Supercontinent Pangea Was Reimagined With Modern-Day Borders

Millions of years ago, continental plates movement added up to significant changes in the way landmasses are configured on our planet. Recently, digital artist Massimo Pietrobon realized a map, and we can finally understand how the supercontinent Pangea made the planet look similar to how it is today.

According to measurements, the continental plates move approximately one to four inches annually, so we don’t feel or observe the tectonic pulls that are continually reshaping Earth’s ground. Earthquakes and volcanic events occur from time to time so that we must remember that the earth beneath us is permanently moving.

Supercontinent Pangea Had Its Unique Features Reimagined

Since the average continent is estimated to move only one foot every decade, it’s challenging to predict when we’ll witness a significant graphical revision to the world map. But, whatever life exists now, approximately 300 million years in the future, it might get the chance to meet a new supercontinent, the Pangea Proxima.

Such a world is only one possible supercontinent configuration that could have an opportunity to arise. It would feature continents such as Australia and Indonesia, collapsing into each other, and South and North America slamming into Antarctica and Africa. This Pangea Proxima could hold an immense inland sea, made up of what represents today the Indian Ocean.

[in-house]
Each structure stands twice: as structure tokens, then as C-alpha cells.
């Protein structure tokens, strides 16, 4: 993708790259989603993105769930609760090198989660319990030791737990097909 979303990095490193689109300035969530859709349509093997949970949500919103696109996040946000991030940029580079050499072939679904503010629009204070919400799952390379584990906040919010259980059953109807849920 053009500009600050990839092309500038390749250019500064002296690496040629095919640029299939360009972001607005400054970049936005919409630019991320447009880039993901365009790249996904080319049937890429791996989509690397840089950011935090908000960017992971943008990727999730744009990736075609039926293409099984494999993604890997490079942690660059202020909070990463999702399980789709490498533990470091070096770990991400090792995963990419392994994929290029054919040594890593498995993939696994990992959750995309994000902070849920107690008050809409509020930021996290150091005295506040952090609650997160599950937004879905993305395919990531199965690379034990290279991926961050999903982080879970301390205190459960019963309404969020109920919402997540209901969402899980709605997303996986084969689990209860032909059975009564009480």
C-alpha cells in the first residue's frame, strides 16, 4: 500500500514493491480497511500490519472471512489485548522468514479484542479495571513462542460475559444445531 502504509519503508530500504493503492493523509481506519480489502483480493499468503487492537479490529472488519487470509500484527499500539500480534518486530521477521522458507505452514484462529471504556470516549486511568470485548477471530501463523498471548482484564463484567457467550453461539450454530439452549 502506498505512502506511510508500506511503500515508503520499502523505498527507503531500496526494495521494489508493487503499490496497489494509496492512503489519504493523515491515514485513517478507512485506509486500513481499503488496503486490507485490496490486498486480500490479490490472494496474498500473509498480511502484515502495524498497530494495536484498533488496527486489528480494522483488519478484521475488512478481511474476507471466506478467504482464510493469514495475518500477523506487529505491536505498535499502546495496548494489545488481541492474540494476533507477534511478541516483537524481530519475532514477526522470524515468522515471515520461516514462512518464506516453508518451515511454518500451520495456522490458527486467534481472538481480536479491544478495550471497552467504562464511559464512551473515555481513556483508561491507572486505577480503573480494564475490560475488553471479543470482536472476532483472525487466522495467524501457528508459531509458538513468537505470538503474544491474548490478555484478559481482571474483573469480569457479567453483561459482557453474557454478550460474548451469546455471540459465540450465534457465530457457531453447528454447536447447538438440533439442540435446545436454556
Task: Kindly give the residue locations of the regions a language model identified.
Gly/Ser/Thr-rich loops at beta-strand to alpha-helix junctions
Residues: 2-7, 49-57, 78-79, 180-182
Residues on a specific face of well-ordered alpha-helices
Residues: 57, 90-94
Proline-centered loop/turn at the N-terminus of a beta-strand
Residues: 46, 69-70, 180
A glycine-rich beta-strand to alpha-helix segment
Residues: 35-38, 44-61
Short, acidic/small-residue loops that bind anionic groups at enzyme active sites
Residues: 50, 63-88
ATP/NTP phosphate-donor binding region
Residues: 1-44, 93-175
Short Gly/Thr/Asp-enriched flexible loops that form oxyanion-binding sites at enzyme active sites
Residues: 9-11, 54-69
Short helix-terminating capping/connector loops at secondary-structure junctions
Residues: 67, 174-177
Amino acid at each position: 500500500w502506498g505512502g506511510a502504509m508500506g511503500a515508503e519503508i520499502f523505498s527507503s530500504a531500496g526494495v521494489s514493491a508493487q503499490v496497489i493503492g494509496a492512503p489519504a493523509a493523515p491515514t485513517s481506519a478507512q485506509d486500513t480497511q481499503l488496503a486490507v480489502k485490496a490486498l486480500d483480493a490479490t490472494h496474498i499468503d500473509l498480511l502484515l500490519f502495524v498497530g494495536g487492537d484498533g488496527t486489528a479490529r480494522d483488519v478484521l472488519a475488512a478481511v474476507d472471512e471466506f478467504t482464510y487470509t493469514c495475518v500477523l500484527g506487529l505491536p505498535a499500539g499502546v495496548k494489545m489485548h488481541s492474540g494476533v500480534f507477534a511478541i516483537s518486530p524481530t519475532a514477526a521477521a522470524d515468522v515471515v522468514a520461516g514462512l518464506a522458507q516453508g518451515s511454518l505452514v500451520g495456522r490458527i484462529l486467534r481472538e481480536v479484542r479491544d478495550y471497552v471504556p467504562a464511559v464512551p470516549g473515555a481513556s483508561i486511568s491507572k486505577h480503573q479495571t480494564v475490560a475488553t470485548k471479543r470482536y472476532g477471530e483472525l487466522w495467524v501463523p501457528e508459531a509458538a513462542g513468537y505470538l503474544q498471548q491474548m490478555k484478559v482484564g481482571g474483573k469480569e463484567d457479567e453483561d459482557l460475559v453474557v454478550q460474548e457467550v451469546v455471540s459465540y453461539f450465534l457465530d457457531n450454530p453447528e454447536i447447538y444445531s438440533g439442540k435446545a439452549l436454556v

Pangea is known as the latest supercontinent in Earth’s history. It started evolving over 300 million years ago, creating up to one-third of the Earth’s ground. The remainder of the planet was a massive ocean dubbed Panthalassa. Over time, researchers tried to piece together more details on the patterns of life and climate on the supercontinent.

The center of the supercontinent Pangea, similar to some areas from today Central Asia, is believed to have been unhabitable and arid, with temperatures of 45 degrees Celsius. Archeologists found almost no fossils in the regions that once were present in the middle of Pangea.

Also, the powerful contrast between Panthalassa and the supercontinent might have triggered extreme cross-equatorial monsoons. By this extraordinary point in history, animals such as dinosaurs and plants were able to venture freely across Pangea.

Many Pieces of The Land Scattered Across the Earth

Approximately 200 million years ago, magma started to resurface through a weal point in the Earth’s crust. The volcanic rifts arise that would eventually separate Pangea into pieces. Over time, the Atlantic Ocean appeared due to that rift area.

The most noticeable proof of that separation is in the similar pattern of the coastlines of modern-day West Africa and Brazil. Present-day North America split from Africa and Europe, and as the map points out, the Atlantic Canada was millions of years ago, linked to Morocco and Spain.

The whole thing with tectonic plats is behind some of modern Earth’s most known features. For example, the Himalayas appeared after the Indian subcontinent separated from the eastern part of Africa and collapsed directly into Asia. That process of plate convergence created lots of Earth’s highest mountains. The separation of the supercontinent Pangea made the Earth look like today.

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